A new report from the Institute of Chartered Accountants in England and Wales urges the International Accounting Standards Board to “end the era of convergence,” and give all listed companies around the world the option of applying International Financial Reporting Standards.

The report, entitled “The Future of IFRS,” will be published Wednesday at the ICAEW Financial Reporting Faculty’s major IFRS conference in London. It outlines the progress made toward a global financial language, the barriers that remain, and recommendations for the future.

“All listed companies in major countries currently not part of the ‘IFRS family’ should be given the option of reporting under IFRS, including the United States,” said Dr. Nigel Sleigh-Johnson, head of ICAEW’s Financial Reporting Faculty, in a statement. “Governments should let the market speak. Companies should be permitted to assess for themselves whether the benefits of transition outweigh the costs”.

The report also addresses the convergence project between the IASB and the Financial Accounting Standards Board, proposing that this period, which dominated the last decade, come to an end, even without resolution in some key areas.

“The convergence project has brought international and U.S. standards much closer together,” Sleigh-Johnson stated. “However, the IASB should now focus squarely on the needs of countries that have adopted its standards and push ahead quickly with finalising its own requirements for, in particular, financial instruments and insurance contracts. It is better that the IASB and FASB boards issue separate standards than deliver unsatisfactory compromise solutions or do nothing at all.”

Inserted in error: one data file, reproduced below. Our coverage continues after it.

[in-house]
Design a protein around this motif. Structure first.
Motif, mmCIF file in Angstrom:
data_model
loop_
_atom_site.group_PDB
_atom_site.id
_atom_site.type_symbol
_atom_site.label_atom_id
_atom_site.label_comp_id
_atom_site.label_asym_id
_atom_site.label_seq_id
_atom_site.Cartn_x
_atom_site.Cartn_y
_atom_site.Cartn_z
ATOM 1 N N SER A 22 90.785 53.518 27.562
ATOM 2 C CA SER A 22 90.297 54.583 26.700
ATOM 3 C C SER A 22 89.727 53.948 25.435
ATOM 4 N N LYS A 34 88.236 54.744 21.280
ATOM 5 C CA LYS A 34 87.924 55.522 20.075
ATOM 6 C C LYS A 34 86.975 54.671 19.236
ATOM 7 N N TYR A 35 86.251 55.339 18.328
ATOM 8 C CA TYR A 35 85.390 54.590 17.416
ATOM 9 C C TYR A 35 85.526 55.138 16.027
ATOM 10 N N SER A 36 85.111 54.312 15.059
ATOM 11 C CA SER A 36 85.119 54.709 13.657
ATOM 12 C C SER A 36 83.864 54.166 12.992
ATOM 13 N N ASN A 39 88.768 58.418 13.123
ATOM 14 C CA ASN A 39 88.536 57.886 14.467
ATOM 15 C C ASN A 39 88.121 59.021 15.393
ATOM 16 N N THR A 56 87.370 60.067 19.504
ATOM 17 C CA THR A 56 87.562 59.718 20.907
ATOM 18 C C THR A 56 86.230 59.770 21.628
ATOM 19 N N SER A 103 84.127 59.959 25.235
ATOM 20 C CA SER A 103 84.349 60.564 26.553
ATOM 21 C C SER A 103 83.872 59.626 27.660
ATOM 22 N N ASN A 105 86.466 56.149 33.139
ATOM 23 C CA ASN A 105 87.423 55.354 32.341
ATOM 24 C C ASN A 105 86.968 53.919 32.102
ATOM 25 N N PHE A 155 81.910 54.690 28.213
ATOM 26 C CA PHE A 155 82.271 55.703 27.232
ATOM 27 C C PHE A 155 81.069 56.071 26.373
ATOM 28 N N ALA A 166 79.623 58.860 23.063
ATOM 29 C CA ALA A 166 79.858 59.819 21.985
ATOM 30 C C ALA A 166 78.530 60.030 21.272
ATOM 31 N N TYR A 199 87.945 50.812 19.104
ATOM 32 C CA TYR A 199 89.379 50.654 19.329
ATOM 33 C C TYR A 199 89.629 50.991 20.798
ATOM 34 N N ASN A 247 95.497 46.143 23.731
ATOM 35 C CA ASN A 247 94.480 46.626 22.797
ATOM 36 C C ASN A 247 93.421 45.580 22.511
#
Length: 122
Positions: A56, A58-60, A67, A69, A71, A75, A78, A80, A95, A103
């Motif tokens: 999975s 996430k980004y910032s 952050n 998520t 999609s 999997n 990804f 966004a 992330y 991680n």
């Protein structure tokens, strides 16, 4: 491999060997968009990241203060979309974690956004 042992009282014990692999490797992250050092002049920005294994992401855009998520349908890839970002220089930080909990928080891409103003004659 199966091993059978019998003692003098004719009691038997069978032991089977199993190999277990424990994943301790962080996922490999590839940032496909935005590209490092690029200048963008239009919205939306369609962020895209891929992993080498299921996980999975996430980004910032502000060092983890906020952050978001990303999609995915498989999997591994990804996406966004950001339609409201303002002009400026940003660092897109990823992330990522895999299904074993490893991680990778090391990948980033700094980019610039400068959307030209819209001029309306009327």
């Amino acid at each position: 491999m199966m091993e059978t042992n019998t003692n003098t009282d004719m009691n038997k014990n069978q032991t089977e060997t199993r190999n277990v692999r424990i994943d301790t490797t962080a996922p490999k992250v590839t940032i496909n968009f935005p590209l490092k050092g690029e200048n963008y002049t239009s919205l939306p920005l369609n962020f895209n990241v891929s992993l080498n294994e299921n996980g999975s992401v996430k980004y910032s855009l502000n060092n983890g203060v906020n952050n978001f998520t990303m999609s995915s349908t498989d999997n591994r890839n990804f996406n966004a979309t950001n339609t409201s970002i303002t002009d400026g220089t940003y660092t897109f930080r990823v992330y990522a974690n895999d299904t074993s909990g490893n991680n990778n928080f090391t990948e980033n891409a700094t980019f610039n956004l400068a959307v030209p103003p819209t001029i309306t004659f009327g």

Sleigh-Johnson also commented on the need for institutional change within the IASB to protect the future of the IFRS project. “Managing the competing demands of its growing number of stakeholders without embedding operational inefficiencies will be immensely challenging,” he stated. “There is no well-tested model for standard-setting on a global scale. It will require a certain amount of organisational experimentation. The IASB needs to demonstrate that it listens and learns as well as leads.”

The report’s recommendations include:

  • Innovating the IASB institution to become a truly global organization with decentralized responsibilities, and responsive to its national stakeholders without inefficiencies paralyzing effective decision-making.
  • Ending IFRS and U.S. GAAP convergence in favor of focusing on significant improvement to IFRS requirements.
  • Improving G20 leadership by urging the Group of Twenty finance ministers and central bank governors to end its calls for convergence and promote the IFRS.
  • Getting regulators, including through the International Organization of Securities Commissions, to actively support the IASB.
  • Shifting the goal of the IFRS project from complete global uniformity to ensuring that financial reporting enables international business and trade by addressing the needs of international investors and businesses.
  • Minimizing complexity in the IASB standards so reporting requirements will not deter some countries from fully embracing IFRS standards. 
  • Responding to shortcomings in the current suite of IFRS by calling for the IASB to finalize financial instruments accounting and focus on how company performance is reported.

When asked about the likelihood of the U.S. adopting IFRS, Sleigh-Johnson stated:  “In our view, retaining national GAAP in a world where almost everybody else reports under IFRS is likely to prove untenable.”
ICAEW is a professional membership organization of more than 138,000 chartered accountants around the world. “The Future of IFRS” report will be downloadable starting tomorrow online.

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